Rats Operate Robotic Arm Via Brain Activity
PHILADELPHIA -- Researchers at MCP Hahnemann University and Duke University have developed a method for recording brain signals onto electrode arrays in laboratory rats that enable the rats to control a robotic arm without any actual muscle movement.
According to the scientists, the achievement demonstrates the likelihood that electrodes may someday be implanted into the brains of humans who have lost limb function, allowing them to control a prosthetic device as they would their own biological limbs. The study is being published in the July 1 issue of Nature Neuroscience.
In experiments, rats were trained to control a robotic arm by pressing a lever to receive a reward. During the rats' lever-pressing, the researchers used arrays of electrodes implanted in the rats' brains to record the simultaneous activity of dozens of neurons in the areas that control muscle movement.
"Identifying which neurons in the brain are responsible for moving the robotic arm was key to our success," said John Chapin, professor of neurobiology and anatomy at MCP Hahnemann University. "Previously, researchers have focused on single neurons in the motor systems. We took a broader look and found that if we could recreate the many signals sent by dozens of neurons at the same time, we could essentially program the movement into the brain."
Once the data were recorded, researchers switched control of the reward from the lever to the implanted electrodes. The rats quickly learned to move the robotic arm to receive the reward solely through brain activity, without actually moving their muscles.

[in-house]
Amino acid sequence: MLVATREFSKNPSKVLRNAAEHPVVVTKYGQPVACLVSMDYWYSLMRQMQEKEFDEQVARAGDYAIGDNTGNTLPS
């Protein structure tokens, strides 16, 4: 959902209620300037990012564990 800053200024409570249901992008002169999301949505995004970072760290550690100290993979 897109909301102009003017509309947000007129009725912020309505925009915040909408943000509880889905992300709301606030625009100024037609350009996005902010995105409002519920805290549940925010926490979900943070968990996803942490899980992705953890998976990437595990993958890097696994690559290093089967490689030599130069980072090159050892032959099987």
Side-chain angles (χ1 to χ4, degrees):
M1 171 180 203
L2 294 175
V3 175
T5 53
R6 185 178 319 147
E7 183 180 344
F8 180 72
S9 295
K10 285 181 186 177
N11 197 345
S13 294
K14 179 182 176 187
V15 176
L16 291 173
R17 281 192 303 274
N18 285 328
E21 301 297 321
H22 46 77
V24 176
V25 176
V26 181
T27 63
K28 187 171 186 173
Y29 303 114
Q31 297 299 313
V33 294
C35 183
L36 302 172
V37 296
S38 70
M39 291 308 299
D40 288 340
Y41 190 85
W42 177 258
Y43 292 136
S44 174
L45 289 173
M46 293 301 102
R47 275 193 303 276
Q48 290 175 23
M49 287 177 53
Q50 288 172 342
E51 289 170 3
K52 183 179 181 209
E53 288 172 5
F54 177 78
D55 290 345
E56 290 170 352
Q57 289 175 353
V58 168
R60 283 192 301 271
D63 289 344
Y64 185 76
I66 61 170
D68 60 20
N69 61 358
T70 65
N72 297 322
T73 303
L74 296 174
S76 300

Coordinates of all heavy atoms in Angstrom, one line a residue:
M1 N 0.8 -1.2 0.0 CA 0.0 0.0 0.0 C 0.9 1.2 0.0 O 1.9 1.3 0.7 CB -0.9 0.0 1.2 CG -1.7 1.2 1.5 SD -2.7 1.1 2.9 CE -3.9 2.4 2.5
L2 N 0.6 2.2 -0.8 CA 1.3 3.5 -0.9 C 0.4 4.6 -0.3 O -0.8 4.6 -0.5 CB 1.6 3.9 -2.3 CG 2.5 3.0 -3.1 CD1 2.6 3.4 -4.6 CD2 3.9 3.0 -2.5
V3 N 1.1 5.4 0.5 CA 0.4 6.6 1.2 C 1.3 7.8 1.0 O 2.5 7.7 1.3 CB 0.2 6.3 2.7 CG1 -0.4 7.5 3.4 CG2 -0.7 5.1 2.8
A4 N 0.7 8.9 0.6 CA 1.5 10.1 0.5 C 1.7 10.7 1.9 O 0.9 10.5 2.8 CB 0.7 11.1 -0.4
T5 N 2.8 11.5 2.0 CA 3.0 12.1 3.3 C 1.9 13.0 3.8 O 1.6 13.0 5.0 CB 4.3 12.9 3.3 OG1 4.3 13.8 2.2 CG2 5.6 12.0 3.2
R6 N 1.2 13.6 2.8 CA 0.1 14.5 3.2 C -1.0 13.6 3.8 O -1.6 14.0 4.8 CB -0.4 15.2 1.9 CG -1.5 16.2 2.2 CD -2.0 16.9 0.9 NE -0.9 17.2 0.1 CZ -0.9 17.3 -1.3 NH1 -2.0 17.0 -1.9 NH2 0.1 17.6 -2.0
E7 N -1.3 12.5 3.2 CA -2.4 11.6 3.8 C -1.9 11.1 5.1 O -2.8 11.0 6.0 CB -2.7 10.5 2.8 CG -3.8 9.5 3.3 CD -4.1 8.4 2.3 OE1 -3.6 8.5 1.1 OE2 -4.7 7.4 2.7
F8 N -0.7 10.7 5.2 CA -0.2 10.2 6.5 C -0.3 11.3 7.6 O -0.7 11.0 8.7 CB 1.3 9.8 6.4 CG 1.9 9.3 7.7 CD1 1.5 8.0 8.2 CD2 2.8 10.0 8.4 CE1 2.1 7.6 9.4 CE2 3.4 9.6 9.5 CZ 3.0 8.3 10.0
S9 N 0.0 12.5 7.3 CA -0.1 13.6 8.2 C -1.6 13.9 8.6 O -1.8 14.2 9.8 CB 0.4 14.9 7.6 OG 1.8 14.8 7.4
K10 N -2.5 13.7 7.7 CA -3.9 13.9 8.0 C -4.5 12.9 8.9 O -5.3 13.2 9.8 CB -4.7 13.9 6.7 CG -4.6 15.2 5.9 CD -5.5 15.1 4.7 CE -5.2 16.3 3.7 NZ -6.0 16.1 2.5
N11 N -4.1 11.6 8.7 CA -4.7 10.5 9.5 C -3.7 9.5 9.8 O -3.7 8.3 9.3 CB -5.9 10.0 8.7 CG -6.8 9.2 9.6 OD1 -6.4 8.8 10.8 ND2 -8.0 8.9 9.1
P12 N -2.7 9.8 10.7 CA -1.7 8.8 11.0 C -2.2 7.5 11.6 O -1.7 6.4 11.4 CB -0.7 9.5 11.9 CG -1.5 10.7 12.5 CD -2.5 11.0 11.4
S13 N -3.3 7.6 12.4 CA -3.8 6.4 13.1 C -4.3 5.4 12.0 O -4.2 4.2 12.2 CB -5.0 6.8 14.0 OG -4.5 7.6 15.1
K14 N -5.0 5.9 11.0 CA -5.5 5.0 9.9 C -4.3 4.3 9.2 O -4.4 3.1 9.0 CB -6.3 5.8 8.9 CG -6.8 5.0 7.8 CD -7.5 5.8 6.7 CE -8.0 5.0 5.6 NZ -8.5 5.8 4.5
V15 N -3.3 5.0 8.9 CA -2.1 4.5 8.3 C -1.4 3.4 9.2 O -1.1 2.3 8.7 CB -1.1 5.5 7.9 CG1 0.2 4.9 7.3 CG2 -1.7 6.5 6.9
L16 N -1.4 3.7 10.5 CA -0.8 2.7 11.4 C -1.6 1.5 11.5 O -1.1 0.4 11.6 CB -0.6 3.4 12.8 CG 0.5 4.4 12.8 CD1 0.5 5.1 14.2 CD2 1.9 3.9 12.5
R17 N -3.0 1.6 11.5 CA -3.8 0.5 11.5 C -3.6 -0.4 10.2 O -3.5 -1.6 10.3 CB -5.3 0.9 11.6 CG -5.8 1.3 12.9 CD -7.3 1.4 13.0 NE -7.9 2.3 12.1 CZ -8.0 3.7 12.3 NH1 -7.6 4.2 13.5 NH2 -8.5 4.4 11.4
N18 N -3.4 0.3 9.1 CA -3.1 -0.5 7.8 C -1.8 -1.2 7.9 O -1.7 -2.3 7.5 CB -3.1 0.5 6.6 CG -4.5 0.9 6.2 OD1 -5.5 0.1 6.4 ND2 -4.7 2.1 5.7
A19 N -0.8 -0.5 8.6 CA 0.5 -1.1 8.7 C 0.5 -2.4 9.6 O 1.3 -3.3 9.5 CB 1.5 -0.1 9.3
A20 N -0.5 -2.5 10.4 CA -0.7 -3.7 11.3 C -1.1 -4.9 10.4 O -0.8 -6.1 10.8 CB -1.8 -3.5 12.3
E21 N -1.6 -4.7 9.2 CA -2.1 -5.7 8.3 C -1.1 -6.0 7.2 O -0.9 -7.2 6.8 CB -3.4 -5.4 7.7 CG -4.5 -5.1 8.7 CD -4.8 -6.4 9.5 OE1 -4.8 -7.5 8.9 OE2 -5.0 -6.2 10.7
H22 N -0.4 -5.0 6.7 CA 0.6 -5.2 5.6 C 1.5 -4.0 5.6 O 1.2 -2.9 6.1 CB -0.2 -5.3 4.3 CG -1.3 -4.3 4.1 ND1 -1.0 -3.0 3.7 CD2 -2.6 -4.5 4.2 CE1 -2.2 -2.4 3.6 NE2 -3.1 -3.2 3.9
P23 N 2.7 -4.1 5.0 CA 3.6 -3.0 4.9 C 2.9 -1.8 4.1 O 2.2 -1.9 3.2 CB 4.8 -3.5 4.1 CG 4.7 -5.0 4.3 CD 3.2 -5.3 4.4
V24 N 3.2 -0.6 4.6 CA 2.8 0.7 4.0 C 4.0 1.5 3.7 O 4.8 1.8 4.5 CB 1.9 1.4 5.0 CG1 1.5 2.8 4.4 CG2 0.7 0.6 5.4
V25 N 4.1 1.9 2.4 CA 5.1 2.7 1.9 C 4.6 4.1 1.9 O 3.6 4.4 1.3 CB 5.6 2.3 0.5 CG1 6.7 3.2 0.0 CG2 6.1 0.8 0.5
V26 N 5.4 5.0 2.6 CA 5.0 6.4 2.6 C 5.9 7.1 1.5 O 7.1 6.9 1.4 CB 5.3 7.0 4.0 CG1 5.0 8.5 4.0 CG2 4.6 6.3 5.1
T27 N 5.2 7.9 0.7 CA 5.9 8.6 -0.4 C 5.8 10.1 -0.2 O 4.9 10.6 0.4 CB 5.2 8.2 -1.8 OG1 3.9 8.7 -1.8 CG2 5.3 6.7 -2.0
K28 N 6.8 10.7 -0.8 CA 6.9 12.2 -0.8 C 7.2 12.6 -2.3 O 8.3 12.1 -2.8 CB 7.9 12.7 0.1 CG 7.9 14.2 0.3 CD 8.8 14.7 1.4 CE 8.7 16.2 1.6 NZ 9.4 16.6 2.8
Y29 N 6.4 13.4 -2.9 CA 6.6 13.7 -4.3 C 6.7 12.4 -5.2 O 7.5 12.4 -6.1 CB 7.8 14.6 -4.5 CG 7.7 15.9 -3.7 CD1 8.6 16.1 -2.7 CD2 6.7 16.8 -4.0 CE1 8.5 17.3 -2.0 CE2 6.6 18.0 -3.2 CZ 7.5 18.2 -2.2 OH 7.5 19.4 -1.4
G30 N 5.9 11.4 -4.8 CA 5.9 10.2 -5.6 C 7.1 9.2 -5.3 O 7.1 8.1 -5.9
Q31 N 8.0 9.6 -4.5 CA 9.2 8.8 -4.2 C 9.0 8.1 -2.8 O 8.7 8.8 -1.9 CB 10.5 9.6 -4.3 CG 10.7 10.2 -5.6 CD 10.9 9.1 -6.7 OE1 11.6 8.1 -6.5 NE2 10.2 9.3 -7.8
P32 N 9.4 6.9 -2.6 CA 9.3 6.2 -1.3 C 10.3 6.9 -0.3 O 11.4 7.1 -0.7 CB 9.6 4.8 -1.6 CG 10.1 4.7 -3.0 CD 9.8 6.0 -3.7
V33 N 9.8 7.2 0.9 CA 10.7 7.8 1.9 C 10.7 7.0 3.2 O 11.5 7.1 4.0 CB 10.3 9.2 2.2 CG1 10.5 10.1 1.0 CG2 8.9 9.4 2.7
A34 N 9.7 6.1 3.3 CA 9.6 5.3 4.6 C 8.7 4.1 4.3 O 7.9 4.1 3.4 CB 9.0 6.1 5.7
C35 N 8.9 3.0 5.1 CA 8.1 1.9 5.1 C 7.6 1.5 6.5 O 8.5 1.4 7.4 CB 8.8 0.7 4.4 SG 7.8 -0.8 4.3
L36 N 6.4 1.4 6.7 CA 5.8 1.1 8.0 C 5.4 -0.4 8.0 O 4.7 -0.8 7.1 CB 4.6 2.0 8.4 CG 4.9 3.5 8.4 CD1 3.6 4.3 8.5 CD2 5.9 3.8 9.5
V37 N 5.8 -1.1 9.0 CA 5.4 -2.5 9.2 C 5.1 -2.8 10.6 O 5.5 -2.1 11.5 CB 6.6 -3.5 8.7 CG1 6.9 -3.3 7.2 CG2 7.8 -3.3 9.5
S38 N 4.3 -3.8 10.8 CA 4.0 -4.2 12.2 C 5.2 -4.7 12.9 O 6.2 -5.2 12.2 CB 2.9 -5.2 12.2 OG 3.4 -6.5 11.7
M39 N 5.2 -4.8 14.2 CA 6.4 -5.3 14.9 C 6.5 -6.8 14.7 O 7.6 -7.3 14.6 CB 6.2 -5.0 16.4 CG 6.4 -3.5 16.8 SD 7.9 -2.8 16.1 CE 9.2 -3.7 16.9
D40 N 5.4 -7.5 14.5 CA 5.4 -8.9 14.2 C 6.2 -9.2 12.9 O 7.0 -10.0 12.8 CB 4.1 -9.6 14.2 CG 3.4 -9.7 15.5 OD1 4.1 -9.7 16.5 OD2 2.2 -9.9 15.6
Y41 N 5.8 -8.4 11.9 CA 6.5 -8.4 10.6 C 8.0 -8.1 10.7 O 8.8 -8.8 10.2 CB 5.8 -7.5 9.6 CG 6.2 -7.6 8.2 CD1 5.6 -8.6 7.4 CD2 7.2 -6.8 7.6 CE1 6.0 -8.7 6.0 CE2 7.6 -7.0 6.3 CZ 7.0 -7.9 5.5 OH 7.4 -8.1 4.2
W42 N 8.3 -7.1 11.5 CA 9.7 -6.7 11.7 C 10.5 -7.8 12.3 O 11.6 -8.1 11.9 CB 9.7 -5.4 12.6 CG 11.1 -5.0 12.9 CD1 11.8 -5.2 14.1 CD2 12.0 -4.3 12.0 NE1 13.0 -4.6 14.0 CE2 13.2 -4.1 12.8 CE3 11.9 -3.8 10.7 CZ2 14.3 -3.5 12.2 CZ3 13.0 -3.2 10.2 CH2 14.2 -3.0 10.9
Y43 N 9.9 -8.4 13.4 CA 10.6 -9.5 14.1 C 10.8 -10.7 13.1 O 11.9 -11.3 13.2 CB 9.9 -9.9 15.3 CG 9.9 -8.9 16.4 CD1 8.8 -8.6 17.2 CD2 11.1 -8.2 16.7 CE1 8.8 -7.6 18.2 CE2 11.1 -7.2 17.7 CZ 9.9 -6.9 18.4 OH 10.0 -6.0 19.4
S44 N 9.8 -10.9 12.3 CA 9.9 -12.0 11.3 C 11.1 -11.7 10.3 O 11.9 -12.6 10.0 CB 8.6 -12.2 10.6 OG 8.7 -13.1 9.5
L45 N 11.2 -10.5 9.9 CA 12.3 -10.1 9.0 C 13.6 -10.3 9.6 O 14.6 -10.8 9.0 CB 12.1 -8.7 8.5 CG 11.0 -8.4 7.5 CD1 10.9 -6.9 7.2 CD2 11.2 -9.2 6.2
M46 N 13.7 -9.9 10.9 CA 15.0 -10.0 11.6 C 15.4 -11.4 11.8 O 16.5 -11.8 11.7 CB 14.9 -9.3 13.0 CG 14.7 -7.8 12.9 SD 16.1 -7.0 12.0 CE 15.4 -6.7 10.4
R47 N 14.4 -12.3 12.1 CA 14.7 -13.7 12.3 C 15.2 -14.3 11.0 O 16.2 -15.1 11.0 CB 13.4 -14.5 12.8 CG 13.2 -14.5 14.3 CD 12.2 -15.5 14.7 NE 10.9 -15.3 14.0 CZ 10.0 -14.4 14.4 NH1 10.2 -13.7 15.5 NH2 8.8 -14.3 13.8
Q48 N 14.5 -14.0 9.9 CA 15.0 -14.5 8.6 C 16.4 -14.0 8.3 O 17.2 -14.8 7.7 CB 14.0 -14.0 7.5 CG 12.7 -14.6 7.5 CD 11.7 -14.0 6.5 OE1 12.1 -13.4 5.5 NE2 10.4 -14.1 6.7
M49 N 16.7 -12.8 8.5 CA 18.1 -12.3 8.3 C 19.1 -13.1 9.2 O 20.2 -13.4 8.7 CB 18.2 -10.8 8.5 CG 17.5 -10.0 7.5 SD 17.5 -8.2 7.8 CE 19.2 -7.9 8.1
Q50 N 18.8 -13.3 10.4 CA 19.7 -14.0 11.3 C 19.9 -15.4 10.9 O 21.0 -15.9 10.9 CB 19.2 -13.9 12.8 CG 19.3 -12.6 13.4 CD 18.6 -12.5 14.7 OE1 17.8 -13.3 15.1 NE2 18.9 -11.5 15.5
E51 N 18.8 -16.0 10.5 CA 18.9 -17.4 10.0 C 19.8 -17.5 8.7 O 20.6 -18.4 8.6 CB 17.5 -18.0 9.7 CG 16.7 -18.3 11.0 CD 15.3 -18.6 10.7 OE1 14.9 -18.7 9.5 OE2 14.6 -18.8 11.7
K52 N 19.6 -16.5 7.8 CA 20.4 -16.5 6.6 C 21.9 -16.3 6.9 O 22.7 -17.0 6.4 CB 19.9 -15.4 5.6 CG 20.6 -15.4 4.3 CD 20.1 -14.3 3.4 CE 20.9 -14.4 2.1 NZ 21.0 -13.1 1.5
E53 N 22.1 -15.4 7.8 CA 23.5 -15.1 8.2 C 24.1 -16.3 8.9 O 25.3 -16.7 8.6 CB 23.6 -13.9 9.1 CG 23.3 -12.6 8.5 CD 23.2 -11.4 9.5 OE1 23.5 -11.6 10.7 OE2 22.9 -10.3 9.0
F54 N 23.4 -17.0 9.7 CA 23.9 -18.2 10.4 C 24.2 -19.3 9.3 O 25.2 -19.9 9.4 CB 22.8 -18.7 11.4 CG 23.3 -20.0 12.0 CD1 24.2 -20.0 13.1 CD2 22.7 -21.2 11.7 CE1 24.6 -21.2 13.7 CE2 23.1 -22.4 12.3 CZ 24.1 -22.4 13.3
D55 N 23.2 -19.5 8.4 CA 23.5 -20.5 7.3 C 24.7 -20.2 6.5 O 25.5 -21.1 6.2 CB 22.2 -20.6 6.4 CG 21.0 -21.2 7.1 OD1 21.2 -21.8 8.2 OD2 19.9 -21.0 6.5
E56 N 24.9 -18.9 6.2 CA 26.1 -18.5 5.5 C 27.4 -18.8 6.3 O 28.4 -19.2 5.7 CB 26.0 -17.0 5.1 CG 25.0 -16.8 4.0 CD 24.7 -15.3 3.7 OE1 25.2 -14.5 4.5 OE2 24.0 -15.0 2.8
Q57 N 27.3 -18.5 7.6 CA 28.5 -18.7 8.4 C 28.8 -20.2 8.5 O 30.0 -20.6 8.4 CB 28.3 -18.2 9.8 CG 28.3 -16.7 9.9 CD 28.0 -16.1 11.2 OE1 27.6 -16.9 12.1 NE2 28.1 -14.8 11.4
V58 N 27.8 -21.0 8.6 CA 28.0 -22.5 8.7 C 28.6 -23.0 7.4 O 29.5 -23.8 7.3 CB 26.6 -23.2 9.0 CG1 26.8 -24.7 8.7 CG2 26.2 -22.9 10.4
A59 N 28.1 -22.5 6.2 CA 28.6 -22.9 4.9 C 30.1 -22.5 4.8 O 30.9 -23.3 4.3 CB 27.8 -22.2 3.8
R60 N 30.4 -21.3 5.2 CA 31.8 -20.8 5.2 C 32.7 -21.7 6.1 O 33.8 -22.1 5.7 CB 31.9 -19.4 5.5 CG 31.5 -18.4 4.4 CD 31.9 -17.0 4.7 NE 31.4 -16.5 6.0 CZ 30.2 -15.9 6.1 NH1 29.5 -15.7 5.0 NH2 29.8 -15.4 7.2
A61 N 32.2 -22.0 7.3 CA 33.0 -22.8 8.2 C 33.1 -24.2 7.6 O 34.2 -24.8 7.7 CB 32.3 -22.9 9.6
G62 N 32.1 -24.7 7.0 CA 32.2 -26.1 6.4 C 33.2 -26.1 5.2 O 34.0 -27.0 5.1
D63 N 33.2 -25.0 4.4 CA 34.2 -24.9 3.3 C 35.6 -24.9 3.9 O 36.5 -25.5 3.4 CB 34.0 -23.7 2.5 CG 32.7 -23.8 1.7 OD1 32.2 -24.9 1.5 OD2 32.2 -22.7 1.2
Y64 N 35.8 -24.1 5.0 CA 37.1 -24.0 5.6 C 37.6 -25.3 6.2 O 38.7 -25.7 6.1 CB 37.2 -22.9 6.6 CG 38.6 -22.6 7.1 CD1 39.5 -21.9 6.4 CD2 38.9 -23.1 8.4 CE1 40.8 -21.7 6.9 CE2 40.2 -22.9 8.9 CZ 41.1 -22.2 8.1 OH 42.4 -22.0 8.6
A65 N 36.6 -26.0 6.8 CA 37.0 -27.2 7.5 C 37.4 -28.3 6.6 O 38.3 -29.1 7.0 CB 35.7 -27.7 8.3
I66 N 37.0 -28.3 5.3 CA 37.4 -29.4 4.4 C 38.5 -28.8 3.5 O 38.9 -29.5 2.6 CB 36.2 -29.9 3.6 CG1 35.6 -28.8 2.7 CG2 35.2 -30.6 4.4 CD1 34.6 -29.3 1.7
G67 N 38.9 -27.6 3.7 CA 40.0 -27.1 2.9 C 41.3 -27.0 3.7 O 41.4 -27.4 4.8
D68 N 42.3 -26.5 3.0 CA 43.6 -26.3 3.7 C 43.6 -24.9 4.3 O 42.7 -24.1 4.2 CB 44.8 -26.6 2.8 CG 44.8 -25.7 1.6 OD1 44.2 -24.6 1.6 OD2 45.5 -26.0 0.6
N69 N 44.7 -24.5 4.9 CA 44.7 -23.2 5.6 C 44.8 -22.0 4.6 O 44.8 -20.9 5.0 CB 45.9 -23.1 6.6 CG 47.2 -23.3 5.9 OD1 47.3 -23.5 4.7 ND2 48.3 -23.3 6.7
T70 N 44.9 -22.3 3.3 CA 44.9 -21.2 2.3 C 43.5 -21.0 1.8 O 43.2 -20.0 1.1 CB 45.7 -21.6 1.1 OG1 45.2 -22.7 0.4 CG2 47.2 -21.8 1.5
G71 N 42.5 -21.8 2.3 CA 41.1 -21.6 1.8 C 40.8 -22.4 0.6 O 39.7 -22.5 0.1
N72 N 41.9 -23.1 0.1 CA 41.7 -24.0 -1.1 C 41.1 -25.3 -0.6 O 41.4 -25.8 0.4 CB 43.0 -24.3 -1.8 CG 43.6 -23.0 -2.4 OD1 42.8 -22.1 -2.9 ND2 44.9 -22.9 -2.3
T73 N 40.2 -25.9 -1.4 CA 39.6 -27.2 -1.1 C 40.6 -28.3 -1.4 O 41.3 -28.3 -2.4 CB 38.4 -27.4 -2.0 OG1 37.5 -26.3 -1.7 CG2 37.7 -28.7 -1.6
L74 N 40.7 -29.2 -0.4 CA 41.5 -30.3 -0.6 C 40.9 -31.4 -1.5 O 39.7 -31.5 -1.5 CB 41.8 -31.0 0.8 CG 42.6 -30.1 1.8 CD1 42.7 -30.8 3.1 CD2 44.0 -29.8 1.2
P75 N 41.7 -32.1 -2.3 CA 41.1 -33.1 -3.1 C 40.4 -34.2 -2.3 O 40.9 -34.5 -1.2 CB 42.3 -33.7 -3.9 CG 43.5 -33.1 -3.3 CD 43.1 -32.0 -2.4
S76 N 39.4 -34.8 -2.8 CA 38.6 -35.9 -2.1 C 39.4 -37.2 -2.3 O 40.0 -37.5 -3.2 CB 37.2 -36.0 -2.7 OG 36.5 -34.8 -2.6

"We were quite surprised that the animals so readily learned that they did not need to actually make the movement to operate the robot; that they only needed to express the brain wave pattern," said Dr. Miguel Nicolelis of Duke University Medical Center, one of the researchers.
"This study breaks new ground in several areas," said Dr. Eberhard Fetz, Department of Physiology and Biophysics, University of Washington School of Medicine, who authored a commentary on the research in the "News and Views" section of Nature Neuroscience. "Unlike comparable studies, this is the first demonstration to prove that simultaneous recordings from large ensembles of neurons can be converted in real time and online to control an external device. Extracting signals directly from the brain to control robotic devices has been a science fiction theme that seems destined to become fact."
Added Chapin, "We believe that we have all the key elements to be able to make this technology one that could, in the not-so-distant future, make a substantial difference in the lives of people who are limited in their physical abilities, but not in their neurological capabilities -- ALS and spinal cord injured patients for instance.
"While there are significant technical obstacles to overcome before we are ready to begin clinical trials on patients, we feel those obstacles are readily surmountable," he said
William Heetderks, Director of the Neural Prosthesis Program for the National Institutes of Health, said the study has implications for a variety of disabilities.
"The most obvious group is individuals with locked-in syndrome who have no means to communicate," Heetderks said. "Other individuals such as those with cerebral palsy and spinal cord injury might also benefit."